Microsoft releases Windows Server 2012

Microsoft have released Windows Server 2012, sporting simplified licensing.

58 seconds read time

Microsoft have just outed Windows Server 2012, which is offering simplified licensing. The new server OS comes in four different versions, Datacenter, Standard, Essentials, and Foundation, all aimed at different markets and customers.

Microsoft releases Windows Server 2012 |

The new server offerings include training on the new features baked into the OS, as well as a 90-day trial period running on Microsoft's Azure cloud-based service. Microsoft's Windows Server general marketing manager, Mike Schutz, says:

One of the things we tried to do for this launch was simplifying the licensing. We've simplified it to two core SKUs: Datacenter edition and Standard edition. We used to have multiple licensing models -- some were per server, some were per processor -- and the feature differentiation was spread through the editions. We got feedback that sometimes it was too complex for customers to choose which version.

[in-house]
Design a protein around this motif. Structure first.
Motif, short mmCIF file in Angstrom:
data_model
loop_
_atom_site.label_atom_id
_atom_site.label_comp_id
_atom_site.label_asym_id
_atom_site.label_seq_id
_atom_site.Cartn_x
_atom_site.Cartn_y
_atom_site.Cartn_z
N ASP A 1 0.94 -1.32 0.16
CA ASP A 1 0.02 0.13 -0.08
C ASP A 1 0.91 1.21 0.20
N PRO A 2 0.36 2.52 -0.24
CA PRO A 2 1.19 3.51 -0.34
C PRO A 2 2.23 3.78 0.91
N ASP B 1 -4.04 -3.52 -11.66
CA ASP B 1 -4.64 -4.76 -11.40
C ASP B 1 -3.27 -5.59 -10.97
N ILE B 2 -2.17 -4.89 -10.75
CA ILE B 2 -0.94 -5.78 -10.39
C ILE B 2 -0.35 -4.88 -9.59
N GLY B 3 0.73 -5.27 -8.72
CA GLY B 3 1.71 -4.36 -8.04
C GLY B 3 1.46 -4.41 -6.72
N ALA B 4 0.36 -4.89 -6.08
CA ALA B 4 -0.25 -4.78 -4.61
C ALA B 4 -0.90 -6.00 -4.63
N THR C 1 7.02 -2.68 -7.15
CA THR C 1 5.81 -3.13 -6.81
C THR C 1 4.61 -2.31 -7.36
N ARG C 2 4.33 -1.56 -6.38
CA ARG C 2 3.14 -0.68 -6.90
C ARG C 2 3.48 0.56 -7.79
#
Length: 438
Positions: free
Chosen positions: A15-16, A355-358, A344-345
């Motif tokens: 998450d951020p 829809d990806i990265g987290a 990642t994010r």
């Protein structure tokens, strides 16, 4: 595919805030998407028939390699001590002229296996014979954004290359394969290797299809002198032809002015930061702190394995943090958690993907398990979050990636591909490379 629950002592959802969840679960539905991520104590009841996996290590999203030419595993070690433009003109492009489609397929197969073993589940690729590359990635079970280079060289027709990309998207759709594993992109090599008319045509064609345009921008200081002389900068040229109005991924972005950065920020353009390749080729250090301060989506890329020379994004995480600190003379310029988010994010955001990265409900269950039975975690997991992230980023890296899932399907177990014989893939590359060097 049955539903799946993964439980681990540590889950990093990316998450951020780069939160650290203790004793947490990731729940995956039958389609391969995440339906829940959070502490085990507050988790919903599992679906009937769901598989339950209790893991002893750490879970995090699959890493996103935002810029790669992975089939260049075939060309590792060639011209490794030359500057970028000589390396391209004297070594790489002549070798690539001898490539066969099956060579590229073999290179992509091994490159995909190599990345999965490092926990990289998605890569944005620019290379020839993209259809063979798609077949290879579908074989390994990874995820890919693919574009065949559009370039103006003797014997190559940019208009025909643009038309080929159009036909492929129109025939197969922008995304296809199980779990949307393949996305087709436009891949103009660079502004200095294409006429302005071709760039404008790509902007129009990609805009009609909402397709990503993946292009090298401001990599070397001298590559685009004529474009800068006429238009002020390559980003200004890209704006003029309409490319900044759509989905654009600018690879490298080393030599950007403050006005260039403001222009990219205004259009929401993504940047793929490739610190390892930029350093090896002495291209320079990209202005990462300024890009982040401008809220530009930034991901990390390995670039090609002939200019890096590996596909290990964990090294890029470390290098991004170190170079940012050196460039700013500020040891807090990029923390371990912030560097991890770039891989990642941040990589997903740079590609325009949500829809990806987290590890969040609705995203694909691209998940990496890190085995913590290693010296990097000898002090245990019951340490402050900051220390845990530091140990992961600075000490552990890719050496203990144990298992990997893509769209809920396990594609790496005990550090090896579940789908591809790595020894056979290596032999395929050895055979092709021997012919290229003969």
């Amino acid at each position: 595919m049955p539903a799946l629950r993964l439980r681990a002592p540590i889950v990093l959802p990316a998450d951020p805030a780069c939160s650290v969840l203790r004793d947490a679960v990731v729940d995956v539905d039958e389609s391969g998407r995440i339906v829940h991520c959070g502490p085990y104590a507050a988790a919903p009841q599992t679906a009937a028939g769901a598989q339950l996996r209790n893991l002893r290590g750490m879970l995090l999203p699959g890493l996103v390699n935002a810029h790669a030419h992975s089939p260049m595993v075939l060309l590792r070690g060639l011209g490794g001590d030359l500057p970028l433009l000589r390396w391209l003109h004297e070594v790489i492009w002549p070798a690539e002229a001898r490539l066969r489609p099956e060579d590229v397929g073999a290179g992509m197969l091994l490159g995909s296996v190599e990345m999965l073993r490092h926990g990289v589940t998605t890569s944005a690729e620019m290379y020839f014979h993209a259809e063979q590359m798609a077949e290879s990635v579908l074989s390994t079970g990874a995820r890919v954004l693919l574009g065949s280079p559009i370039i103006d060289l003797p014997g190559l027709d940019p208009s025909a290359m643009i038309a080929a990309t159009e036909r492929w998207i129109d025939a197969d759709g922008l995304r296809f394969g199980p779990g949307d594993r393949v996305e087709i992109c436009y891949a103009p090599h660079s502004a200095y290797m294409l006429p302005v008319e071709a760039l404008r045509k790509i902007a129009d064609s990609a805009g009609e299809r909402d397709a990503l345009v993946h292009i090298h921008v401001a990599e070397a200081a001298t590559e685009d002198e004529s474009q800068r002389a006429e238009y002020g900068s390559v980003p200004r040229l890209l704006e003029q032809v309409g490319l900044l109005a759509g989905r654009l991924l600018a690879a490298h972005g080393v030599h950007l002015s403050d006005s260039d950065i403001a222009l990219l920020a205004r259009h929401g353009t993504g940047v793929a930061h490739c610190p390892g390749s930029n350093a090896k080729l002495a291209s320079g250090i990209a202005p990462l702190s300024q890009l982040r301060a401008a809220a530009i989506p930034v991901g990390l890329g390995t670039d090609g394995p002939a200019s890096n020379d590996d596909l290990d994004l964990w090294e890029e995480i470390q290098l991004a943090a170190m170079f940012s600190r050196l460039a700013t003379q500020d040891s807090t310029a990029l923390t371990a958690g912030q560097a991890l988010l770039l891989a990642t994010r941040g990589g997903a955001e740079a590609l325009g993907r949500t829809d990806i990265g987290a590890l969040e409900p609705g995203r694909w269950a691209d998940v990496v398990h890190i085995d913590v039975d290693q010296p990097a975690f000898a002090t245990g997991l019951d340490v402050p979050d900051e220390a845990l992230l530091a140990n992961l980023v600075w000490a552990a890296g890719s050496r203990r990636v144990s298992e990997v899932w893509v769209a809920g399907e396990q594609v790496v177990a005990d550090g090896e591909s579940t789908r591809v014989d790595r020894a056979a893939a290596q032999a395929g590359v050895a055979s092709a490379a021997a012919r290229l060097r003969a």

The main version of Windows Server 2012 includes Datacenter and Standard editions. Virtualization is supported on the Datacenter edition of the OS, setting you back $4,089. This also offers an unlimited number of virtual machines per processor. The Standard edition includes support for two virtual machines per license, and costs $882. Both Datacenter and Standard editions require one license, per pair of processors.

The Essentials edition replaces the current Small Business Server and comes later this year, costing $501 per server. A 25 user limit is put onto Essentials. Windows Server 2012 Foundations is only available pre-installed in complete Microsoft partner-provided solutions, and is limited to 15 concurrent users.


Anthony joined the TweakTown team in 2010 and has since reviewed 100s of graphics cards. Anthony is a long time PC enthusiast with a passion of hate for games built around consoles. FPS gaming since the pre-Quake days, where you were insulted if you used a mouse to aim, he has been addicted to gaming and hardware ever since. Working in IT retail for 10 years gave him great experience with custom-built PCs. His addiction to GPU tech is unwavering.

Newsletter Subscription

Related Tags